Permanence is a fallacy. Time crumbles, earthquakes shatter, wars raze, waters rise—but two pieces of music, recorded at the Montreux Jazz Festival in Switzerland, may be able to endure any disaster, natural or manmade, for thousands upon thousands of years. U.S. company Twist Bioscience, working with Microsoft Research and the University of Washington, is using the latest genetic technology to encode data directly into strands of DNA. Generally, digital information is encoded as a long, long string of zeros and ones, known as binary format. DNA can store it with four values—A, T, C and G, corresponding to adenine, thymine, guanine, and cytosine, the nucleobases that make up the biological molecule—which makes it far more efficient for data storage.
It’s now possible—whether this future is frightening or promising may be a matter of perspective—to create synthetic DNA strands. These artificial pieces of genetic code combine the nucleobases in any order we want, which makes it possible to store data in a vanishingly small space. The entire internet, the project stated in a release, would fit into a shoebox of DNA. All the world’s music would fit into a few drops. This data, once encoded, can be analyzed and reconstructed with no loss of information. DNA is also a very stable molecule, and once encapsulated, it could last for millions of years—think of a fly in amber. In millions of years, future human beings, if we’re still around and able to retrieve this information, will be able to hear the strains of 21st-century jazz, exactly as it sounds today. The first songs encoded into very the fabric of life are “Tutu,” by Miles Davis, and a jazz cover of “Smoke on the Water,” by Deep Purple.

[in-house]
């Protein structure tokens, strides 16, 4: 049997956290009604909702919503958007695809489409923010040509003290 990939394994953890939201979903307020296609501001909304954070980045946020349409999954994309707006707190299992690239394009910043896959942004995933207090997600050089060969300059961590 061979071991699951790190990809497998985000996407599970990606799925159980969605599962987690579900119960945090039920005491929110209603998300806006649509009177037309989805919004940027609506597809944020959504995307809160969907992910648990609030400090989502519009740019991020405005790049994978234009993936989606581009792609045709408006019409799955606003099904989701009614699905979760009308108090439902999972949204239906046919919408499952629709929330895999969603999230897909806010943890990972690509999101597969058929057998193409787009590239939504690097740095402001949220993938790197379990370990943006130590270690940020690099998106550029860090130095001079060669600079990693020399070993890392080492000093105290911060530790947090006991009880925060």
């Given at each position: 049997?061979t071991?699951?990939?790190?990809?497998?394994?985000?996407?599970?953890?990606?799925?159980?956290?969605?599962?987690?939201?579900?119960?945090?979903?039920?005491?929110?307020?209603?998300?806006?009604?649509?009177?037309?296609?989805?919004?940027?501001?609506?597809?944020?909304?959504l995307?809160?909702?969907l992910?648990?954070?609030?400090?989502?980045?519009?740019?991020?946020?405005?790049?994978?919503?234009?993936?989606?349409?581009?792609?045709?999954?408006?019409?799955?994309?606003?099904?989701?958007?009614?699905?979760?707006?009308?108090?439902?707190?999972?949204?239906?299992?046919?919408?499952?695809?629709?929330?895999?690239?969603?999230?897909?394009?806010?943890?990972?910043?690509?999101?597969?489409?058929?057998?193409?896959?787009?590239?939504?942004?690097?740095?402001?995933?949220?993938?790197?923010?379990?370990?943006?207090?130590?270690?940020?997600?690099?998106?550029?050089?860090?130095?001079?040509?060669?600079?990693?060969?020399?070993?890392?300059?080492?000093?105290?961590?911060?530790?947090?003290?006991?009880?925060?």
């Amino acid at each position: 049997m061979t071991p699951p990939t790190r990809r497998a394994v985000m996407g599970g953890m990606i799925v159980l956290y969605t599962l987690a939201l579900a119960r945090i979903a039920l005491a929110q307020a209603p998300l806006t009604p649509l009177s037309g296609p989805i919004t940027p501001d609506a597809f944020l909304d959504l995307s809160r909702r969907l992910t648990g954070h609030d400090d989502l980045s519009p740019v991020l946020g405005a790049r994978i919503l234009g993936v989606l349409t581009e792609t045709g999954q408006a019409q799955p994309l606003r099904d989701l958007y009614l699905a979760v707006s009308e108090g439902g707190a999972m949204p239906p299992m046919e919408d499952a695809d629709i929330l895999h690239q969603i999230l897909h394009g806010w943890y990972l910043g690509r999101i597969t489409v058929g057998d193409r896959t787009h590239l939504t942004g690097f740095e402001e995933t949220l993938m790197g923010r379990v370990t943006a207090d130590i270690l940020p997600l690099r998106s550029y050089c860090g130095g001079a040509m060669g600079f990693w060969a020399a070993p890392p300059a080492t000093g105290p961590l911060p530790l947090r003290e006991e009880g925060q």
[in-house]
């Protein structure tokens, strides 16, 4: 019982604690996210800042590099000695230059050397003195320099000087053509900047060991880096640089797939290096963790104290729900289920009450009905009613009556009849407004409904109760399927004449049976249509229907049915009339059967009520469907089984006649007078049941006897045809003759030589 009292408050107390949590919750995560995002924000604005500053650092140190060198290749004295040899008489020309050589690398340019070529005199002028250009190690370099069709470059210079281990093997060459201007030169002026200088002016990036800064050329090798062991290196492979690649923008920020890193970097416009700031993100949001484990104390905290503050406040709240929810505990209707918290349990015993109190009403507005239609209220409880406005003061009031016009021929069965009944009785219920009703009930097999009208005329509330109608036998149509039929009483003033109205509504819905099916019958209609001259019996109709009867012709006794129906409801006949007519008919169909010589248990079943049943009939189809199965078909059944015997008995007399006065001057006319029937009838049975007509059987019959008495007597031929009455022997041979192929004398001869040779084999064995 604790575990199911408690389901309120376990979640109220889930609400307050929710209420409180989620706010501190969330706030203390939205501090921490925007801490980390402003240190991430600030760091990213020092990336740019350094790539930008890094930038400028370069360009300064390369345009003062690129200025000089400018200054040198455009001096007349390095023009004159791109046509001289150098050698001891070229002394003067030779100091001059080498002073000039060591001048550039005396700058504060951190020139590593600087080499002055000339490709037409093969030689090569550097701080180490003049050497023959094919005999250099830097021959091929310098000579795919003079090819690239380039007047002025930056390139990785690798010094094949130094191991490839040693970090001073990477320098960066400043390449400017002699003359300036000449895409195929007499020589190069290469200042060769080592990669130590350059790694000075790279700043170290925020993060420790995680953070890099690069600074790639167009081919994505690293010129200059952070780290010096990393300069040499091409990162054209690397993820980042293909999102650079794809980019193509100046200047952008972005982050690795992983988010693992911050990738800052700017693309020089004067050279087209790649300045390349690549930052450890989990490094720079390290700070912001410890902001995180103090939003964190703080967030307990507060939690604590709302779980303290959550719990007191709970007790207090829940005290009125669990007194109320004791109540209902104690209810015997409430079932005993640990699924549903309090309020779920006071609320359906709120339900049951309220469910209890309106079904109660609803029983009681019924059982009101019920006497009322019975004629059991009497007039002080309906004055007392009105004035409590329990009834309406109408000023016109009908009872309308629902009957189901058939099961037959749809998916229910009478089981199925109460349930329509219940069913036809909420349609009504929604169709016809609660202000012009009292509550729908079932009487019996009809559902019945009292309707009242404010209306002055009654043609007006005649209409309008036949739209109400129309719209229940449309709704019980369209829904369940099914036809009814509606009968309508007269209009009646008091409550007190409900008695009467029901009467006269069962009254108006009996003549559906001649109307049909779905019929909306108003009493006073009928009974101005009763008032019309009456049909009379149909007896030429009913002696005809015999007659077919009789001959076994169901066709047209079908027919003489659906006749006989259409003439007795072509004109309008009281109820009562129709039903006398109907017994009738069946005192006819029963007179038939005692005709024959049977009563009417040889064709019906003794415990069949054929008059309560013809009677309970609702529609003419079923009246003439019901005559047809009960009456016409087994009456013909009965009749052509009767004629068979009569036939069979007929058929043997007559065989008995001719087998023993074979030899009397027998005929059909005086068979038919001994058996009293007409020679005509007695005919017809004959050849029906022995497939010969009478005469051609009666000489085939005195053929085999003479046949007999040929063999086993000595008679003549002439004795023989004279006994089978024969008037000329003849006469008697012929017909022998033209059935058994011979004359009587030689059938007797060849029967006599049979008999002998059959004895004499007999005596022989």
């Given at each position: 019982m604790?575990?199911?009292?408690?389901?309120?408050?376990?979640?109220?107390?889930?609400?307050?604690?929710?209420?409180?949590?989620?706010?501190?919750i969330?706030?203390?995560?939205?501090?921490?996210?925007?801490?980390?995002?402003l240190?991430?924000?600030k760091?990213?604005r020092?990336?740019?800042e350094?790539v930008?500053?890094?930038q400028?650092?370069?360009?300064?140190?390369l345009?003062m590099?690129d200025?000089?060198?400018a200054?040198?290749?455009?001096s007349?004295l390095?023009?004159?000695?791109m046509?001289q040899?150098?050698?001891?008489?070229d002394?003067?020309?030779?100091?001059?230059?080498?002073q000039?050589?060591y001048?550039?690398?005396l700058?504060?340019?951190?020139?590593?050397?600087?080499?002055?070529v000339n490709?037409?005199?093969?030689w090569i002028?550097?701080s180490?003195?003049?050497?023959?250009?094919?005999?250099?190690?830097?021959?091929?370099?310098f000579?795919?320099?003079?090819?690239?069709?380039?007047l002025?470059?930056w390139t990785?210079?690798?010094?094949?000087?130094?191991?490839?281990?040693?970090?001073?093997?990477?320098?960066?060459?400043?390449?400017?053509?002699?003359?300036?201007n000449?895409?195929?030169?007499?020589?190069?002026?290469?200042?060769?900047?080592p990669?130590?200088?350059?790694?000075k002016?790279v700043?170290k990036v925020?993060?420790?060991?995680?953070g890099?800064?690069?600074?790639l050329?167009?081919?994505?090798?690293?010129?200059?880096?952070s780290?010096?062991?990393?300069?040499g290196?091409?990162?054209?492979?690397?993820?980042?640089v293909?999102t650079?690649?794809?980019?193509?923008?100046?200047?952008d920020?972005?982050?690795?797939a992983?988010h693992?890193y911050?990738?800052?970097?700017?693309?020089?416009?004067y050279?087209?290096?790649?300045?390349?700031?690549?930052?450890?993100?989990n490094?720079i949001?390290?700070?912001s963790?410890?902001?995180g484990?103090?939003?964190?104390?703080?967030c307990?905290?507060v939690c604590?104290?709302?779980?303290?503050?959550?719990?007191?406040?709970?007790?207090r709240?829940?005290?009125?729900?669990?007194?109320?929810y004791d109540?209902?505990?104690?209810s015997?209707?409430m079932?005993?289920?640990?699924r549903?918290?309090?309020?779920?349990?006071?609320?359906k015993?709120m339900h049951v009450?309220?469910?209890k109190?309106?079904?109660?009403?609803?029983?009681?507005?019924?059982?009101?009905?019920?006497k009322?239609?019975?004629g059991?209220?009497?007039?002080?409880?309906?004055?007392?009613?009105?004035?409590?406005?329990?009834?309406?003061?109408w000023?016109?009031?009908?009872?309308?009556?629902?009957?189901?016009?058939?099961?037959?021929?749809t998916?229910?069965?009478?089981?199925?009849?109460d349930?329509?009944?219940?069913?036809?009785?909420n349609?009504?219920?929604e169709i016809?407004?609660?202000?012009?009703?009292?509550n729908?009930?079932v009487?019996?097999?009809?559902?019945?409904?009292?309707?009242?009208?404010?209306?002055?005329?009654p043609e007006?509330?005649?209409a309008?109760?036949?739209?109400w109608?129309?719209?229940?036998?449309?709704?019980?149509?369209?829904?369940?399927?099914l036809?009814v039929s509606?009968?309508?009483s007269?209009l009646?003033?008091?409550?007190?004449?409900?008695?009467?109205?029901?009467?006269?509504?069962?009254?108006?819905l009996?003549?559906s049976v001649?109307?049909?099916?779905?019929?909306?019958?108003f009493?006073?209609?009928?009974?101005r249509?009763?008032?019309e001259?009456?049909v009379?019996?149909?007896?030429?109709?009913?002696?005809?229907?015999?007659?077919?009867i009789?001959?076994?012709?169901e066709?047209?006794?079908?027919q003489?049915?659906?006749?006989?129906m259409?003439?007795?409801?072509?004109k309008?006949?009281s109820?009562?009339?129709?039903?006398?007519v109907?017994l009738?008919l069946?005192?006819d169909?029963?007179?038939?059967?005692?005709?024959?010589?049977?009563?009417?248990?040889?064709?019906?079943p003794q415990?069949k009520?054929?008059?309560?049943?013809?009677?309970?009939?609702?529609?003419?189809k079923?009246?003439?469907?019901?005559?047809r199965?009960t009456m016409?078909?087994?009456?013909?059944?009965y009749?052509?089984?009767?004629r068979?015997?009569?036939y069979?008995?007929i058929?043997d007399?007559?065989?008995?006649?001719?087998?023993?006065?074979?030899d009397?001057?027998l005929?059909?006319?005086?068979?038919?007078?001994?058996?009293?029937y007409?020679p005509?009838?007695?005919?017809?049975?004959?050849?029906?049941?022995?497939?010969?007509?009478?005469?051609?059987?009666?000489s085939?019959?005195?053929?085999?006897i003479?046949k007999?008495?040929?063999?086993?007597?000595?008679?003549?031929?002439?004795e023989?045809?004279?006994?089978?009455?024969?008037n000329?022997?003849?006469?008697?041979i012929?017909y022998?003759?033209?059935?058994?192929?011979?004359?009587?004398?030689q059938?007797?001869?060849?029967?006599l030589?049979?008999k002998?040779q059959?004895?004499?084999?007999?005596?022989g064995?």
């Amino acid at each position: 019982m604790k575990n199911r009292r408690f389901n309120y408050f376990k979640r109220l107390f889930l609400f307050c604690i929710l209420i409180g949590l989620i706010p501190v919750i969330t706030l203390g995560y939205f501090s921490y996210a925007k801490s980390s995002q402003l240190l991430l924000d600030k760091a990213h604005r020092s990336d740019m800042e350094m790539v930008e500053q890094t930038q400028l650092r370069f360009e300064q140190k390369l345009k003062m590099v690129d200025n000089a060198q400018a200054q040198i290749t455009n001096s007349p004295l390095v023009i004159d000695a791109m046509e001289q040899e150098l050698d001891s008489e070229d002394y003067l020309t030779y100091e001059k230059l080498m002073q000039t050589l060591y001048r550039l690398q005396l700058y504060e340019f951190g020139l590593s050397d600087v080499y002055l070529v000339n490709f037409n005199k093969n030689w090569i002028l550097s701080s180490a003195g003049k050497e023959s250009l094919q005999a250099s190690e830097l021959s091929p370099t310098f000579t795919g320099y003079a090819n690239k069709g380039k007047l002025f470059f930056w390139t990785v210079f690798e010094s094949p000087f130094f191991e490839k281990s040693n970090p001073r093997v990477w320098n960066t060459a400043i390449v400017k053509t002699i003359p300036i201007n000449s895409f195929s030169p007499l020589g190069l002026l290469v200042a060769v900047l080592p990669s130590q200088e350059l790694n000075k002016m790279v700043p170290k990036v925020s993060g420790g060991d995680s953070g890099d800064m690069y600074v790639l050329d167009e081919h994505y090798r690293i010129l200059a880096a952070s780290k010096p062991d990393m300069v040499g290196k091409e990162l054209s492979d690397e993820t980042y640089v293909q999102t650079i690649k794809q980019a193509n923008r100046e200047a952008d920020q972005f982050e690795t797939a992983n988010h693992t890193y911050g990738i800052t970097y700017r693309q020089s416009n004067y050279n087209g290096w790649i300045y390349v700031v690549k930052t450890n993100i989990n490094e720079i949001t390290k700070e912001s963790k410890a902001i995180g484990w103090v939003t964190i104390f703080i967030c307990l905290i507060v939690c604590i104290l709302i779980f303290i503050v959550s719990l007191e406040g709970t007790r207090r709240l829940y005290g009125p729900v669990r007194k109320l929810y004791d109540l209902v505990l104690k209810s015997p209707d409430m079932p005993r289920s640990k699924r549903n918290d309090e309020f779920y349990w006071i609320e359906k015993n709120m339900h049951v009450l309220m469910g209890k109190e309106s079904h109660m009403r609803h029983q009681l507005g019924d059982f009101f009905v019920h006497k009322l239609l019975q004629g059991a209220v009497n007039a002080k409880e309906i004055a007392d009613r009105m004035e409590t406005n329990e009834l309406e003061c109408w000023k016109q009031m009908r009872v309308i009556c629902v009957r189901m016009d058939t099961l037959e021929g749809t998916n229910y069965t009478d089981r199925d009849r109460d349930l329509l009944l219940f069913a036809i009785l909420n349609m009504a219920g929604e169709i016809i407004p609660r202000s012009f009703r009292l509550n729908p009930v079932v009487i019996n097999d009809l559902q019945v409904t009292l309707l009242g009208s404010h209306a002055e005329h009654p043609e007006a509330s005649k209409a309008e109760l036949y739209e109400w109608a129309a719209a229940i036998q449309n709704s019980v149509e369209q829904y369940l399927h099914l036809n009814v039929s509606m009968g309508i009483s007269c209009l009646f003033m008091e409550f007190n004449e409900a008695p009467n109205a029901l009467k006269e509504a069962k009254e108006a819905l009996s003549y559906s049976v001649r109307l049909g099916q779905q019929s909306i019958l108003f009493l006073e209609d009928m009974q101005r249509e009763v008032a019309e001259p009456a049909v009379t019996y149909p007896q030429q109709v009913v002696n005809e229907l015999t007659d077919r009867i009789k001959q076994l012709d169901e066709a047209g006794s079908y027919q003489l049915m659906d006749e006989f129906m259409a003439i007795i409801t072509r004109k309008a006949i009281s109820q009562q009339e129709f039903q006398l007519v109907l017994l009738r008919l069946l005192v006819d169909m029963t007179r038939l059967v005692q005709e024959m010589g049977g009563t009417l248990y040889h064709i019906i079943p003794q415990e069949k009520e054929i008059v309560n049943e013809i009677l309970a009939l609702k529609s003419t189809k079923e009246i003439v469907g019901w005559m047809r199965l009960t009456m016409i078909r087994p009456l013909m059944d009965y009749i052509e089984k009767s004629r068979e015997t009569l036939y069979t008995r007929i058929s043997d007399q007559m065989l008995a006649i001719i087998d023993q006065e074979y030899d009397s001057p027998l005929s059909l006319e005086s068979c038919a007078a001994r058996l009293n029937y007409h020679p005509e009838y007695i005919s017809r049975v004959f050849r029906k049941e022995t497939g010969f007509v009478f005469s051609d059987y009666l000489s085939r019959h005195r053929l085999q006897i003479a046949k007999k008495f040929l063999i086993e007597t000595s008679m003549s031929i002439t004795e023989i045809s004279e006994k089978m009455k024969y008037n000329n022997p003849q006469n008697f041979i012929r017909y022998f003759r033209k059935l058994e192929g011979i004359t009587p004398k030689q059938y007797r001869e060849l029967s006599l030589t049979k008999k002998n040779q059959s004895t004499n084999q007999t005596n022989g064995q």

Could this be the end of the infinite grind of music formats and obsolescence? Phonograph cylinders, LPs, cassettes, 8-tracks, CDs, mini-discs, mp3s—and now DNA? The only problem might be how you keep from losing it.